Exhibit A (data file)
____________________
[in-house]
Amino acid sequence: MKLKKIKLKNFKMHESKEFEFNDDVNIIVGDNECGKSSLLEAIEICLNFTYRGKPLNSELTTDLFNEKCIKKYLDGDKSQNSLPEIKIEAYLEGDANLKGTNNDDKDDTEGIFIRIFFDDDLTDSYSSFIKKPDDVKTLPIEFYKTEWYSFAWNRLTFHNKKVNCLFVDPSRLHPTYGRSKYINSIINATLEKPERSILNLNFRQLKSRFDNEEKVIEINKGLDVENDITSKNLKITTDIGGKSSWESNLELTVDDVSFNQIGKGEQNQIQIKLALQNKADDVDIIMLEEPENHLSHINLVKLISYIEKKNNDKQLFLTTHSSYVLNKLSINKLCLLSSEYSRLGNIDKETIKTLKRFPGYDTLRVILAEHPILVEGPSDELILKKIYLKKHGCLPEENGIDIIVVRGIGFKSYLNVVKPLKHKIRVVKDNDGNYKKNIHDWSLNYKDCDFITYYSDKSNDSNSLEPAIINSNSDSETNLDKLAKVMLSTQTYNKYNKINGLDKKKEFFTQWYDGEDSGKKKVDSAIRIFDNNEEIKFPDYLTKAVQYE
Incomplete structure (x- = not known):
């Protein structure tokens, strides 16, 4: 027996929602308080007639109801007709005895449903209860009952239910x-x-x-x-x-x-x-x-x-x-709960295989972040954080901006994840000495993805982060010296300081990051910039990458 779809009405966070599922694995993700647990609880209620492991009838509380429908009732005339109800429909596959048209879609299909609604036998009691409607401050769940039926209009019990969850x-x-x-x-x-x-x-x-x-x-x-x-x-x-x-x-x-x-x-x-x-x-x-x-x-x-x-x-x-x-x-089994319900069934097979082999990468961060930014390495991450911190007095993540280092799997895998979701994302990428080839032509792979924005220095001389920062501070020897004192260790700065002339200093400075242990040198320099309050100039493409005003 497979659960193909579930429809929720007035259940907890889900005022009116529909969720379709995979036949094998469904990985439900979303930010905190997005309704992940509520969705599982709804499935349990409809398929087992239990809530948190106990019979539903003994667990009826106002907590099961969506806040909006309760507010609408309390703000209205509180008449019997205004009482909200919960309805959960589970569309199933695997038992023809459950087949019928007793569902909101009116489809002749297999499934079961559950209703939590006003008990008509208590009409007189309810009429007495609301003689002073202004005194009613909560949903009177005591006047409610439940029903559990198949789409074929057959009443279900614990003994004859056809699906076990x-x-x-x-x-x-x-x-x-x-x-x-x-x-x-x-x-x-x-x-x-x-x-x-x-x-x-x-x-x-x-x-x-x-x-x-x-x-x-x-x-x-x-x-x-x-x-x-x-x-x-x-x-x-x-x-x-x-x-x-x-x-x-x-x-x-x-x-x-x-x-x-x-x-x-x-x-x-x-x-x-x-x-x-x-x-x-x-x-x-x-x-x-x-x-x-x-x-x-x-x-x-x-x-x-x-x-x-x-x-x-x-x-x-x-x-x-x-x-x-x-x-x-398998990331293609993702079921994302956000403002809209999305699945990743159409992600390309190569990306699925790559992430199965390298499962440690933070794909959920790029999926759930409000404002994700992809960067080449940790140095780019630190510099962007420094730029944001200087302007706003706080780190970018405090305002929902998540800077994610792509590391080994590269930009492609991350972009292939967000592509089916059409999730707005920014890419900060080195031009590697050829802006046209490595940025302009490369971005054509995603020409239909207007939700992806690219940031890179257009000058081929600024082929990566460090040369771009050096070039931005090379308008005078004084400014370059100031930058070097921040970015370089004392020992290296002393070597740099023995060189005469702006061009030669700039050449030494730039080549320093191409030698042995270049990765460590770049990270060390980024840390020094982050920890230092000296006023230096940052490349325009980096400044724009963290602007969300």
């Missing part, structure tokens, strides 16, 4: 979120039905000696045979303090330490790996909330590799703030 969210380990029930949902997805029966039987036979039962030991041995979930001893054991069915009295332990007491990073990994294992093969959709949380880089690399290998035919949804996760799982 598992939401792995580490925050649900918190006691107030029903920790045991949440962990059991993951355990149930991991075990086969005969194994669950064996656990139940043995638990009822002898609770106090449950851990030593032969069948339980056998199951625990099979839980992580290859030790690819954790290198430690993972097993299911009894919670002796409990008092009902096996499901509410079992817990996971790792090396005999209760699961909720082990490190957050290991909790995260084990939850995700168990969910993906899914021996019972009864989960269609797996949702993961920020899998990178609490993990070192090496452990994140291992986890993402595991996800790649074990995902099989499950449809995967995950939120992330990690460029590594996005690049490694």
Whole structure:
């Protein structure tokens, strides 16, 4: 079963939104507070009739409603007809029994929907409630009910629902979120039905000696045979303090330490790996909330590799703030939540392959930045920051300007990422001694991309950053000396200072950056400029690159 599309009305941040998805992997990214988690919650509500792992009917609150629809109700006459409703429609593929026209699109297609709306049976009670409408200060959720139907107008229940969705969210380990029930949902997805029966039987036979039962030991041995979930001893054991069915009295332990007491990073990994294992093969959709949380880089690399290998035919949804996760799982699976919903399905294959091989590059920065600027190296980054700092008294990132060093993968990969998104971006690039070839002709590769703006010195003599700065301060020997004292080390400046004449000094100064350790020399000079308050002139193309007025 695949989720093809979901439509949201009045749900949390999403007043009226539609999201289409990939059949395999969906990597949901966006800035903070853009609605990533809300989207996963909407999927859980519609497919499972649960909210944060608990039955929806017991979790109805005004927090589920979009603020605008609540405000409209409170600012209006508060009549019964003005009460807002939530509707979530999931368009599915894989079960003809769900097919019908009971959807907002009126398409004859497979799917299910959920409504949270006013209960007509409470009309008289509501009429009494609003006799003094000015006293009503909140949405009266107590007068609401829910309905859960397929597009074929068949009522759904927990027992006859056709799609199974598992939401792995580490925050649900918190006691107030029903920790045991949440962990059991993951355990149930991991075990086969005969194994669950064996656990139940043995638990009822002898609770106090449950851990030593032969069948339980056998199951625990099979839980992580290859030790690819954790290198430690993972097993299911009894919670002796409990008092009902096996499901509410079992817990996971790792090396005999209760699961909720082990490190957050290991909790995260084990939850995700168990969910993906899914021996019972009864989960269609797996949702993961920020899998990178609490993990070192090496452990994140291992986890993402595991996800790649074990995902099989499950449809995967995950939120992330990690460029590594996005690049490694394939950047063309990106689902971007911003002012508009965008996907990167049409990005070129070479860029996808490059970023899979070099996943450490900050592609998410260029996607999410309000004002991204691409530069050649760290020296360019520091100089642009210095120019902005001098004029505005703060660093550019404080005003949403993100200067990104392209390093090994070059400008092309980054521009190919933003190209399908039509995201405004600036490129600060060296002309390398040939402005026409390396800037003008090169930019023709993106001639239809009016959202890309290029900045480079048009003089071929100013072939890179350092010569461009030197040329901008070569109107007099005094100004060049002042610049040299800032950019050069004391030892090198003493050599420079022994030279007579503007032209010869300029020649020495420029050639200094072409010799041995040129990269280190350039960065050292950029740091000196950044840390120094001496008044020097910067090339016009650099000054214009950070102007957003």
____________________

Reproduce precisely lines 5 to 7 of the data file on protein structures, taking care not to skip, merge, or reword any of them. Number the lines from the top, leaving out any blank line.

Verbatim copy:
């Missing part, structure tokens, strides 16, 4: 979120039905000696045979303090330490790996909330590799703030 969210380990029930949902997805029966039987036979039962030991041995979930001893054991069915009295332990007491990073990994294992093969959709949380880089690399290998035919949804996760799982 598992939401792995580490925050649900918190006691107030029903920790045991949440962990059991993951355990149930991991075990086969005969194994669950064996656990139940043995638990009822002898609770106090449950851990030593032969069948339980056998199951625990099979839980992580290859030790690819954790290198430690993972097993299911009894919670002796409990008092009902096996499901509410079992817990996971790792090396005999209760699961909720082990490190957050290991909790995260084990939850995700168990969910993906899914021996019972009864989960269609797996949702993961920020899998990178609490993990070192090496452990994140291992986890993402595991996800790649074990995902099989499950449809995967995950939120992330990690460029590594996005690049490694």
Whole structure:
């Protein structure tokens, strides 16, 4: 079963939104507070009739409603007809029994929907409630009910629902979120039905000696045979303090330490790996909330590799703030939540392959930045920051300007990422001694991309950053000396200072950056400029690159 599309009305941040998805992997990214988690919650509500792992009917609150629809109700006459409703429609593929026209699109297609709306049976009670409408200060959720139907107008229940969705969210380990029930949902997805029966039987036979039962030991041995979930001893054991069915009295332990007491990073990994294992093969959709949380880089690399290998035919949804996760799982699976919903399905294959091989590059920065600027190296980054700092008294990132060093993968990969998104971006690039070839002709590769703006010195003599700065301060020997004292080390400046004449000094100064350790020399000079308050002139193309007025 695949989720093809979901439509949201009045749900949390999403007043009226539609999201289409990939059949395999969906990597949901966006800035903070853009609605990533809300989207996963909407999927859980519609497919499972649960909210944060608990039955929806017991979790109805005004927090589920979009603020605008609540405000409209409170600012209006508060009549019964003005009460807002939530509707979530999931368009599915894989079960003809769900097919019908009971959807907002009126398409004859497979799917299910959920409504949270006013209960007509409470009309008289509501009429009494609003006799003094000015006293009503909140949405009266107590007068609401829910309905859960397929597009074929068949009522759904927990027992006859056709799609199974598992939401792995580490925050649900918190006691107030029903920790045991949440962990059991993951355990149930991991075990086969005969194994669950064996656990139940043995638990009822002898609770106090449950851990030593032969069948339980056998199951625990099979839980992580290859030790690819954790290198430690993972097993299911009894919670002796409990008092009902096996499901509410079992817990996971790792090396005999209760699961909720082990490190957050290991909790995260084990939850995700168990969910993906899914021996019972009864989960269609797996949702993961920020899998990178609490993990070192090496452990994140291992986890993402595991996800790649074990995902099989499950449809995967995950939120992330990690460029590594996005690049490694394939950047063309990106689902971007911003002012508009965008996907990167049409990005070129070479860029996808490059970023899979070099996943450490900050592609998410260029996607999410309000004002991204691409530069050649760290020296360019520091100089642009210095120019902005001098004029505005703060660093550019404080005003949403993100200067990104392209390093090994070059400008092309980054521009190919933003190209399908039509995201405004600036490129600060060296002309390398040939402005026409390396800037003008090169930019023709993106001639239809009016959202890309290029900045480079048009003089071929100013072939890179350092010569461009030197040329901008070569109107007099005094100004060049002042610049040299800032950019050069004391030892090198003493050599420079022994030279007579503007032209010869300029020649020495420029050639200094072409010799041995040129990269280190350039960065050292950029740091000196950044840390120094001496008044020097910067090339016009650099000054214009950070102007957003």